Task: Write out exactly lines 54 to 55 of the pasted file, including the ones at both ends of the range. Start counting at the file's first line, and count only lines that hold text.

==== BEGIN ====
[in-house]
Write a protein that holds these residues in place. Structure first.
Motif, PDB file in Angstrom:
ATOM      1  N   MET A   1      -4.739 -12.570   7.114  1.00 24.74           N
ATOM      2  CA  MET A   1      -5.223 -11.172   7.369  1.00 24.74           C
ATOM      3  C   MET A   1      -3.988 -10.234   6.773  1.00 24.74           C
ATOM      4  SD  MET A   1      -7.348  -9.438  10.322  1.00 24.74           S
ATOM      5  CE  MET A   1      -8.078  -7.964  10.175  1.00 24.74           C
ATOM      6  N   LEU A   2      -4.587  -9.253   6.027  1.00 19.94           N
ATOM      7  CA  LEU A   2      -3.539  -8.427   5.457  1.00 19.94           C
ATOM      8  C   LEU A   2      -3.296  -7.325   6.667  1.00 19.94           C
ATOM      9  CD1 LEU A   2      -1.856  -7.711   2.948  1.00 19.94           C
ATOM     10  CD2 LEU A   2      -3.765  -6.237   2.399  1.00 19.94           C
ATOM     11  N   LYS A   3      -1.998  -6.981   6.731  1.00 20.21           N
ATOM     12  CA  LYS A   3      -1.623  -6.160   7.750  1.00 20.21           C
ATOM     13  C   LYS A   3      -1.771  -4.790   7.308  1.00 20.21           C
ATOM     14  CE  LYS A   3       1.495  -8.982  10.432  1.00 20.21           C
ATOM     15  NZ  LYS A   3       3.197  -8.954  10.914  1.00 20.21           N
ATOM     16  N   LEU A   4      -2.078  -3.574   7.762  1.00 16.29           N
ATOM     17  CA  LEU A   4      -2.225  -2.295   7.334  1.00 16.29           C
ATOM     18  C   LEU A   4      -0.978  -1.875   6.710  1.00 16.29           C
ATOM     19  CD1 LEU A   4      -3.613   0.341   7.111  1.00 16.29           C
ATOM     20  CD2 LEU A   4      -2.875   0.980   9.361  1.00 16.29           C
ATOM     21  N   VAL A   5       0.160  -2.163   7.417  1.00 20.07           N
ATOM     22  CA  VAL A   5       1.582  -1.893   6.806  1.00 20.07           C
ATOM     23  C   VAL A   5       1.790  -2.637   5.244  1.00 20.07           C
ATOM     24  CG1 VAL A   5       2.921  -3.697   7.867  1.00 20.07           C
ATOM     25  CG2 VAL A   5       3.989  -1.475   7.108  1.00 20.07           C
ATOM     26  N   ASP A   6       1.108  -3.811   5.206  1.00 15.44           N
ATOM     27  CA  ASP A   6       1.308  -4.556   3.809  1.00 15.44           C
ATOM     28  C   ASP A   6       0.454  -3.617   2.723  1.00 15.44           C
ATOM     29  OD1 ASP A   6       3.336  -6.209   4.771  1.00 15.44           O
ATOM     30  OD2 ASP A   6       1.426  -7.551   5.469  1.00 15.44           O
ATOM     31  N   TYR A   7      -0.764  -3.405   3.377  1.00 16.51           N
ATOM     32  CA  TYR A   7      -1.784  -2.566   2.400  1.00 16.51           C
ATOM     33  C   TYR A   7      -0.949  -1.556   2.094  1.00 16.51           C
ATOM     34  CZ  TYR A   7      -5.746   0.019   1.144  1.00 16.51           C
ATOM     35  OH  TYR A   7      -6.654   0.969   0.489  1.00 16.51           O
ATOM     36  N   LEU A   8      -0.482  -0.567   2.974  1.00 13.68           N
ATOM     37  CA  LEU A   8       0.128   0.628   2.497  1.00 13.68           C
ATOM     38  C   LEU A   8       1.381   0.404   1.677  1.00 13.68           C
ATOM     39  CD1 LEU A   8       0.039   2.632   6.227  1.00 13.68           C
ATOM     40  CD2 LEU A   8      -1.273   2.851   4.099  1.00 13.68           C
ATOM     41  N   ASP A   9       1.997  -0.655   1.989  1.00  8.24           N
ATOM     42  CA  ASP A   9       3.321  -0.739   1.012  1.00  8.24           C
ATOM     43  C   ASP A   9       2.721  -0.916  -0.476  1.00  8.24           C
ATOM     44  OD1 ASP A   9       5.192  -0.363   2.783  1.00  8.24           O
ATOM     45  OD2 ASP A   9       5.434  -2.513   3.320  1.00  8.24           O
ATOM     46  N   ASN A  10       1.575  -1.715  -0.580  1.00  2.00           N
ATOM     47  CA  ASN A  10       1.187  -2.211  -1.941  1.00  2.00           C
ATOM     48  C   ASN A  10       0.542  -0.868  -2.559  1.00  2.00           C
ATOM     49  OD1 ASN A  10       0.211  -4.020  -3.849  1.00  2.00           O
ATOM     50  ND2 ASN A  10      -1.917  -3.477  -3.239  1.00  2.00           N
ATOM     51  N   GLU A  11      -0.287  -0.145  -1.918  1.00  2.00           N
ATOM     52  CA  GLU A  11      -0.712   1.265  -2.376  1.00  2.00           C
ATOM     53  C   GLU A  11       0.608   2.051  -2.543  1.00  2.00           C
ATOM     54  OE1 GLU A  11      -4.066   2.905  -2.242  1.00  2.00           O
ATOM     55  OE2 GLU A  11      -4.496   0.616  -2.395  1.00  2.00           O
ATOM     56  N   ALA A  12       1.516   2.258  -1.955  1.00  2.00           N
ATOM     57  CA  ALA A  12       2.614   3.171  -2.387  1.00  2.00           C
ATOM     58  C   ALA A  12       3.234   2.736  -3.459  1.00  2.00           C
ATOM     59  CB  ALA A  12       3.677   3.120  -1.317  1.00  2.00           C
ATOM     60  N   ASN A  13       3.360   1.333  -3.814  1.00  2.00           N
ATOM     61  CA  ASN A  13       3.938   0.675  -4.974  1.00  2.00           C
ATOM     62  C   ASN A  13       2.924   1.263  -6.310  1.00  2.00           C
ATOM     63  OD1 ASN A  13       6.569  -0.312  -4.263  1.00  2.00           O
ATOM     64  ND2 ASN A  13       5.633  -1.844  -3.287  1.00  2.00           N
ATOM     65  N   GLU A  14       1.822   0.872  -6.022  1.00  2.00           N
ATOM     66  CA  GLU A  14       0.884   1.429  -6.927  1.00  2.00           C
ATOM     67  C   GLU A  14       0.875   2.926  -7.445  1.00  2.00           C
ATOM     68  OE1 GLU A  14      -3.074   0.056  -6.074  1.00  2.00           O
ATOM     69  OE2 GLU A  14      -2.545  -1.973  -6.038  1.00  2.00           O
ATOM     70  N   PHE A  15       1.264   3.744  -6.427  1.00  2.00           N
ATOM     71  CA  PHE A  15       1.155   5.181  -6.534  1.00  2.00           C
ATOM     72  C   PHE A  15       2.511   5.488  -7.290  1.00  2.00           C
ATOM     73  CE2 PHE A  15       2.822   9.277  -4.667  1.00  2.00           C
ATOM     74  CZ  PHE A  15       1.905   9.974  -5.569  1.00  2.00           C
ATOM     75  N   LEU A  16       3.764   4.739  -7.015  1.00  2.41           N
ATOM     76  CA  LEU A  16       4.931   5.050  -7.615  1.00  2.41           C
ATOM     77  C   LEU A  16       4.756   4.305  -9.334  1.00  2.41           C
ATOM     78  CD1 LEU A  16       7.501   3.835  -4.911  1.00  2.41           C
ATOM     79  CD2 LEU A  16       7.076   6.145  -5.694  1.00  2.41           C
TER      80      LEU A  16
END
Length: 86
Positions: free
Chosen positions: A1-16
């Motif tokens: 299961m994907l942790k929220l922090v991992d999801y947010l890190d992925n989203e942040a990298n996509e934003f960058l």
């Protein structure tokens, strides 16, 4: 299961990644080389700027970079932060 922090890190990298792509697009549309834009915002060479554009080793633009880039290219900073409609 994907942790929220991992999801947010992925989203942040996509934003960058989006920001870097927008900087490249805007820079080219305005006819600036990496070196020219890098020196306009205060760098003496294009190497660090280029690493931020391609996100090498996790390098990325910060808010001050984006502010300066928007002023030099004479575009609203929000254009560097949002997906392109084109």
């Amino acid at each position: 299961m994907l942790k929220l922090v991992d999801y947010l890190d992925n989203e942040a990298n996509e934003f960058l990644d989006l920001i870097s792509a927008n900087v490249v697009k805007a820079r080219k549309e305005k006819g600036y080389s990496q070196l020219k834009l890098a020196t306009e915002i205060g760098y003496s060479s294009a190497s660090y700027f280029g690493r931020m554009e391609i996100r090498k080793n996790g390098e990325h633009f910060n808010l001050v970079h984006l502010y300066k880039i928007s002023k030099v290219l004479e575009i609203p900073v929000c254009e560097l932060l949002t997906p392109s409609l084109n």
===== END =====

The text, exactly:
ATOM     51  N   GLU A  11      -0.287  -0.145  -1.918  1.00  2.00           N
ATOM     52  CA  GLU A  11      -0.712   1.265  -2.376  1.00  2.00           C